Vol. 13 - Issue 1 2017 - ISSN 1504-4831
Friday, 19 April 2024

Volume 7 - issue 2 - 2011

EFA in Pakistan: Struggle for Upgrading Literacy

Dr. Mumtaz Watto of J.B Jhang, Higher Education Department in Punjab, Pakistan, shares his descriptions and analytical viewpoints on how the situation concerning “Education for All” in Pakistan is at the time being, and describes possibilities and problems on how the government should meet the problem in the future.


Dr. Mumtaz Ahmad

Assistant Professor of Education,
Govt. Degree College 170
J.B Jhang, Higher Education Department (Punjab) Pakistan
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Literacy is an instrument of stability within and among countries and thus may prove an indispensable means of effective participation in the societies and (the) economies of today’s world. Eradication of illiteracy from the world is an important agenda of UNESCO, and one of the six goals of Dakar Framework of Action on Education for All. Illiteracy is also a major problem in Pakistan. The picture of illiteracy in Pakistan is grim, and although successive governments have announced various programmes to promote literacy the situation is still poor because of various political, social, economic and cultural obstacles. To sum up, it can be said that literacy is a skill necessary to acquire or transmit (information) to others.  It is a means not an end in itself. Keeping in view the gravity of the situation of literacy and basic education in the country, Pakistan has completed/implemented a number of actions/activities for broad-based consultations with principal actors of EFA. Furthermore, the Government of Pakistan has accomplished the preparation of provincial and national plans of action and resource mobilization for EFA planning. This paper therefore examines the efforts to decrease illiteracy in Pakistan, a signatory of the worldwide EFA movement.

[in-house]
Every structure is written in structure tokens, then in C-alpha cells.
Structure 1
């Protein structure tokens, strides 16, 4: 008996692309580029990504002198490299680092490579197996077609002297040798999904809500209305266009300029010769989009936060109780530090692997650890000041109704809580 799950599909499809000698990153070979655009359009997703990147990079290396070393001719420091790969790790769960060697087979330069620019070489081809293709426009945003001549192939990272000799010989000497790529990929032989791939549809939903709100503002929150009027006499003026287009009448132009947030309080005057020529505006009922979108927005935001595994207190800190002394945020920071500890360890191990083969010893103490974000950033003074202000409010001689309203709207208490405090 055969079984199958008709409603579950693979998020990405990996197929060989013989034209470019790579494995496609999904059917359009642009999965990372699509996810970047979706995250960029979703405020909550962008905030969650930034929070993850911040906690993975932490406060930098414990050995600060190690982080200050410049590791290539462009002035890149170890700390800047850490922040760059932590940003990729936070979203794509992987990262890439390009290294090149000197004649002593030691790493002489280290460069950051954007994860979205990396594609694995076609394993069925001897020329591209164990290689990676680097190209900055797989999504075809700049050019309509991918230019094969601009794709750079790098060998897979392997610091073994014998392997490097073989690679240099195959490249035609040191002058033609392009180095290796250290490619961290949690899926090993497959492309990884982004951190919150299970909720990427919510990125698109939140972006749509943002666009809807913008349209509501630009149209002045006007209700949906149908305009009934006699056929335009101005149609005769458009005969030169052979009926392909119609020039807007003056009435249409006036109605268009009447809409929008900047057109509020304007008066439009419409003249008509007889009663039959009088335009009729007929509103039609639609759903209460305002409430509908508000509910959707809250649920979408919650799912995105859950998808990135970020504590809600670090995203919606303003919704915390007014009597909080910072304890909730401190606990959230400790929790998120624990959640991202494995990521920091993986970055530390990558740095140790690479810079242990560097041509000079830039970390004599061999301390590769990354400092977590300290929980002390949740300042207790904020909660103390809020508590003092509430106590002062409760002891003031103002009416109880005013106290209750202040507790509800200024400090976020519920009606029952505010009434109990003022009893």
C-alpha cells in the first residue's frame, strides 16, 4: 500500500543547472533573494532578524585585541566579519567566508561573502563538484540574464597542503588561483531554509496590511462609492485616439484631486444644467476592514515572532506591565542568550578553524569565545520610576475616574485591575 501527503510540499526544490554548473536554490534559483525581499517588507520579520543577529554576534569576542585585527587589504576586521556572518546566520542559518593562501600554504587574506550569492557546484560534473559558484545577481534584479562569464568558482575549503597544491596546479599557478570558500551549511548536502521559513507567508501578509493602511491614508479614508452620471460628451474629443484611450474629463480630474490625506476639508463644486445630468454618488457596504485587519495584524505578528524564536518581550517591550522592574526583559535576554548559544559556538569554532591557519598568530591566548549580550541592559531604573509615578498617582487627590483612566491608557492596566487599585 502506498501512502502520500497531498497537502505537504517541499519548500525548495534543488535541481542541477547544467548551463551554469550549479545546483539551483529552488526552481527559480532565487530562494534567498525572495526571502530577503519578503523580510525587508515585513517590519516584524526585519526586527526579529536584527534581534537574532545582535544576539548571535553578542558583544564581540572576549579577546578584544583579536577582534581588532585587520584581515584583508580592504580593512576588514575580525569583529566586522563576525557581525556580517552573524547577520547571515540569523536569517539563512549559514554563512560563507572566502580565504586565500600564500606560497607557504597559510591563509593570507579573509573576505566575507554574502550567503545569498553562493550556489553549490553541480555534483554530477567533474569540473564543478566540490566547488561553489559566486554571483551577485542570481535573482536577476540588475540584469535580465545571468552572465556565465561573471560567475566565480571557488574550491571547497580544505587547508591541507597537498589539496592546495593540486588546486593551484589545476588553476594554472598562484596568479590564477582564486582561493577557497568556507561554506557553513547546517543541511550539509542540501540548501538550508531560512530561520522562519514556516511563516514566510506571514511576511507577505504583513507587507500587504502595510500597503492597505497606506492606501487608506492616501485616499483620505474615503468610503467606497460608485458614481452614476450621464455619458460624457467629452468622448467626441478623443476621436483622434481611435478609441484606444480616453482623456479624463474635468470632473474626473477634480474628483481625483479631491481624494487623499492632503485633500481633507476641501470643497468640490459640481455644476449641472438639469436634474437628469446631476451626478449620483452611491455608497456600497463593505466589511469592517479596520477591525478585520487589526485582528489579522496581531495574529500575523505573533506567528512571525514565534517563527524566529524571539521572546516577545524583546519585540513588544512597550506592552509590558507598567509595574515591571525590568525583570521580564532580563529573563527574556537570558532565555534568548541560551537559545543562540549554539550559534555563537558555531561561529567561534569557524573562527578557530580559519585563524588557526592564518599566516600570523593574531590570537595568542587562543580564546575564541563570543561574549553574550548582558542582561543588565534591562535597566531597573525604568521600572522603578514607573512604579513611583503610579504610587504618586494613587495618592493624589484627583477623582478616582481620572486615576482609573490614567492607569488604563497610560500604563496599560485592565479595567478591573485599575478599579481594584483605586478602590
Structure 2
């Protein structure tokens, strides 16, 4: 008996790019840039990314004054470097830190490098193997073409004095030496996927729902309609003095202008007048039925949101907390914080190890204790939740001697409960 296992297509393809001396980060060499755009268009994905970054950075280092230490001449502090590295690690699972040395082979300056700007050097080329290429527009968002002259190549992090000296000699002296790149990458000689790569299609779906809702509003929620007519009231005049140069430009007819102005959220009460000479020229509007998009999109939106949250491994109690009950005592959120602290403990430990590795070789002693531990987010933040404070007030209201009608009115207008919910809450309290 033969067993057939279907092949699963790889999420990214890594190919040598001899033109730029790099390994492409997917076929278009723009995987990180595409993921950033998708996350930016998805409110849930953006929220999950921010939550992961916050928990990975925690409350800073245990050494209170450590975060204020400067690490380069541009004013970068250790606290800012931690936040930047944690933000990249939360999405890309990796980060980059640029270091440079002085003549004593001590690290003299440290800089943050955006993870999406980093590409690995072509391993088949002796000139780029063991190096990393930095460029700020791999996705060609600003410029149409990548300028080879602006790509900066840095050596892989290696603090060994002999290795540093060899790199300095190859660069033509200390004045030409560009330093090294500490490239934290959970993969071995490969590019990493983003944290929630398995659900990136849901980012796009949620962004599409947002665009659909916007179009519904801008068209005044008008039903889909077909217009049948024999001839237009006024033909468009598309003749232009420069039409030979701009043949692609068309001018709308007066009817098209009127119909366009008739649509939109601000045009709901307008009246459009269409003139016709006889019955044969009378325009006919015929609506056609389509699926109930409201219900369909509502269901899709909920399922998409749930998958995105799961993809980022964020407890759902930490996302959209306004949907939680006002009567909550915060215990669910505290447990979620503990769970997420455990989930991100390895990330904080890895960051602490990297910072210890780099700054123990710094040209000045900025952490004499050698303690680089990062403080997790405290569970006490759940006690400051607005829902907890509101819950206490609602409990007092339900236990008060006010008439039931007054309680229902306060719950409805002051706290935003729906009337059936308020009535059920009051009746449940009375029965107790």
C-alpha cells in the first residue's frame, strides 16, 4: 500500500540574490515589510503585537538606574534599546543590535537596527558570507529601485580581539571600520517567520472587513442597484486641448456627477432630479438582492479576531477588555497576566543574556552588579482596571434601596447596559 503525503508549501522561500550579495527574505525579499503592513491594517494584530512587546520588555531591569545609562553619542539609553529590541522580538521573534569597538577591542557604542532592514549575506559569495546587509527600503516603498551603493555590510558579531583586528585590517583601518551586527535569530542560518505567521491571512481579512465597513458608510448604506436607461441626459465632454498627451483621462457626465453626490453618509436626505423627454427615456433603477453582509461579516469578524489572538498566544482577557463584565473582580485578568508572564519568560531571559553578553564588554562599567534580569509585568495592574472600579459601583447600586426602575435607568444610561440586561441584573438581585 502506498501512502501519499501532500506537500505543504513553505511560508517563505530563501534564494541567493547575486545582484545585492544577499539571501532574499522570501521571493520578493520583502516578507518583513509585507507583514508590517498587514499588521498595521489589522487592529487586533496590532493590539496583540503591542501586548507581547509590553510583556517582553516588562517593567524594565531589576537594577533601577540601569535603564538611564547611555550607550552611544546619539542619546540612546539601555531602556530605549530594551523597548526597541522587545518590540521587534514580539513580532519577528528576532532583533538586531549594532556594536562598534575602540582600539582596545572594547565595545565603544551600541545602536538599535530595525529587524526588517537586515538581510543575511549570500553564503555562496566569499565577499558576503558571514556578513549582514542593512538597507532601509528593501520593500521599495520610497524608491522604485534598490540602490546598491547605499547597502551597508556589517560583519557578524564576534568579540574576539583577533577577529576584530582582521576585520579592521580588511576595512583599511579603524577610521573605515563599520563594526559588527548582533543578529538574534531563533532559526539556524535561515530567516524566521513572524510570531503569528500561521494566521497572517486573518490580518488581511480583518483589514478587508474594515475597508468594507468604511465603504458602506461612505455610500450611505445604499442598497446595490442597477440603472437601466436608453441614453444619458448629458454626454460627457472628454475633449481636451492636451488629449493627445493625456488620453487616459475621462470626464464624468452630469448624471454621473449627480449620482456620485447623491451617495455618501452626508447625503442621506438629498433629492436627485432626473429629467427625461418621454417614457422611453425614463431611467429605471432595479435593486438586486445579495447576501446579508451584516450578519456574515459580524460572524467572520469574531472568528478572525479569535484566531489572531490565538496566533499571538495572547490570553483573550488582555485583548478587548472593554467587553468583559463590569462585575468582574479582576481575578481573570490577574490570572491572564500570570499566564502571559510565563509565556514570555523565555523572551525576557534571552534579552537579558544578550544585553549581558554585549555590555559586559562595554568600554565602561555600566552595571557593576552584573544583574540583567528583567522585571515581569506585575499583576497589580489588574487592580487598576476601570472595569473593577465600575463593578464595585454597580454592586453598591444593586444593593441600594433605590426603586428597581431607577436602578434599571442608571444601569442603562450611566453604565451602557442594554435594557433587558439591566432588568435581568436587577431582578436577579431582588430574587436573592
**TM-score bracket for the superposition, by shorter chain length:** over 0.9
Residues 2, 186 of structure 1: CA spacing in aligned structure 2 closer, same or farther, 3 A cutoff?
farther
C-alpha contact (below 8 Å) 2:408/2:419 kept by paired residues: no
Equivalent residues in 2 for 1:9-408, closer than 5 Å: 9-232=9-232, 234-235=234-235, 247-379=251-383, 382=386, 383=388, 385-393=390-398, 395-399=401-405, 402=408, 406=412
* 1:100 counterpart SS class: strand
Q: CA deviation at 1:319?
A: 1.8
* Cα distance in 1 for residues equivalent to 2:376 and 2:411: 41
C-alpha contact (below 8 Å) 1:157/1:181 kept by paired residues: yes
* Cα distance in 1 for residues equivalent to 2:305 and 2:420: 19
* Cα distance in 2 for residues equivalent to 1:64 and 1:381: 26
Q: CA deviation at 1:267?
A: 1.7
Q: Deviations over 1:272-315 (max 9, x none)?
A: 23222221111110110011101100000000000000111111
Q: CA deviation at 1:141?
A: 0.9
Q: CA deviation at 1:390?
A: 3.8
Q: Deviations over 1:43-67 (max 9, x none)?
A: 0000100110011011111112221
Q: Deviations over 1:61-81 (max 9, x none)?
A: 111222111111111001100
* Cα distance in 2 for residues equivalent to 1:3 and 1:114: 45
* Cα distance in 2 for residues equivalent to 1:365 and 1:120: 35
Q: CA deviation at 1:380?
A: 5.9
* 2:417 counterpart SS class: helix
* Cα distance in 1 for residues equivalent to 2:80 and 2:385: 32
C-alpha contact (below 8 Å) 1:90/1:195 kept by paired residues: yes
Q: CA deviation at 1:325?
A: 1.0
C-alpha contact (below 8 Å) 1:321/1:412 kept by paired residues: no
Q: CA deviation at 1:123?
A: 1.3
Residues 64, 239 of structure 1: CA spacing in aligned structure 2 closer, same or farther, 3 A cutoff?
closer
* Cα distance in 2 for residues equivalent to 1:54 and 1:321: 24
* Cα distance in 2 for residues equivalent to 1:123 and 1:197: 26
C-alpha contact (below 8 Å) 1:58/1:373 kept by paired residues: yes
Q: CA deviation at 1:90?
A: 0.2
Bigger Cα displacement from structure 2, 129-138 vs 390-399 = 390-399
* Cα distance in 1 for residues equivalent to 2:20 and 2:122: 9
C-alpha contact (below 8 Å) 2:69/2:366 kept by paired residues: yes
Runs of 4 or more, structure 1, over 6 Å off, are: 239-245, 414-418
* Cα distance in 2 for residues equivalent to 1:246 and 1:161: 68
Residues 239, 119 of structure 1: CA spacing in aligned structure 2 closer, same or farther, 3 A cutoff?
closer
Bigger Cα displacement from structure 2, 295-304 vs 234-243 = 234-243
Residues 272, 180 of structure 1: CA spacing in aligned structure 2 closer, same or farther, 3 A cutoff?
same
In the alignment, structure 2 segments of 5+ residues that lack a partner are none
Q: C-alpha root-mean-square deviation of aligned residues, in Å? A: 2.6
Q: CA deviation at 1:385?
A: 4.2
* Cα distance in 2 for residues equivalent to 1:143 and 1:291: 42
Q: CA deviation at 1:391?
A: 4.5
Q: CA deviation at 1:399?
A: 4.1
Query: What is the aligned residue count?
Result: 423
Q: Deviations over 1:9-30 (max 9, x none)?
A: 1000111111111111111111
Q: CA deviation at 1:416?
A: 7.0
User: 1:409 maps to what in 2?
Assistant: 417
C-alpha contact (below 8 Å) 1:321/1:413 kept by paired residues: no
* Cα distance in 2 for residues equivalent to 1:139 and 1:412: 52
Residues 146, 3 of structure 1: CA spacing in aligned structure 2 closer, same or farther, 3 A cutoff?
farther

Keywords: literacy, EFA, development, community, policies, targets.



More than ever before education is seen as a basic need of any social, cultural and economic plan. It is a basic human right and a process through which societies plan their socio-economic development (Mahbub-ul-Haq, 1998). Currently, it is considered "essential for civic order, citizenship, sustained economic growth and the reduction of poverty" (World Bank, 1995, p.4). Without education and literacy it is not possible to realize the goals of balanced and sustainable development. Thus, literacy and basic education are considered a pre-requisite for socio-economic development worldwide. Furthermore, literacy is the pre-requisite for the ability to consult and benefit from major sources of information and knowledge in today’s world (Mark, 1988; UNESCO, 2002). Moreover, knowledge seekers have more facilities today to educate themselves and enlighten their lives (UNESCO, 2004). At the World Conference on Education for All (Jomtien, Thailand 1990) some 1,500 participants, comprising delegates from 155 governments, policy-  makers and specialists from around the world, met to discuss major aspects of EFA. In this conference, governments of the world promised to make Education for All a reality by the year 2000. When they met again in 2000 in Dakar, Senegal, it became evident that this objective had not been achieved. Hence, they reaffirmed their commitment to ‘Education for All’ and agreed on a new target year – 2015 (Education International Report, 2003).

The main areas unanimously approved by the Dakar Forum of Action are shown as below:

Figure:1: EFA Targets


Source: UNESCO, (2006). EFA Monitoring Report, Paris. (p.125)

Since then, governments, non-governmental organizations, civil societies, bilateral and multilateral donor agencies and the media have started literacy work to help children, youth and adults in becoming skilled or literate. However, developing countries are unable to allocate a sufficiently high budget for the implementation of literacy programmes. War, crisis (crises?)and other emergencies are also major hurdles in some countries. Moreover, the traditional educational set up, policies and plans may not be able to cope with the revolutionary pace of the EFA goals of Dakar.

The main purpose of this paper is to present a precise, brief and current/factual picture of the literacy situation in the country and struggle to change the scenario (of literacy) after the launching of EFA in Pakistan.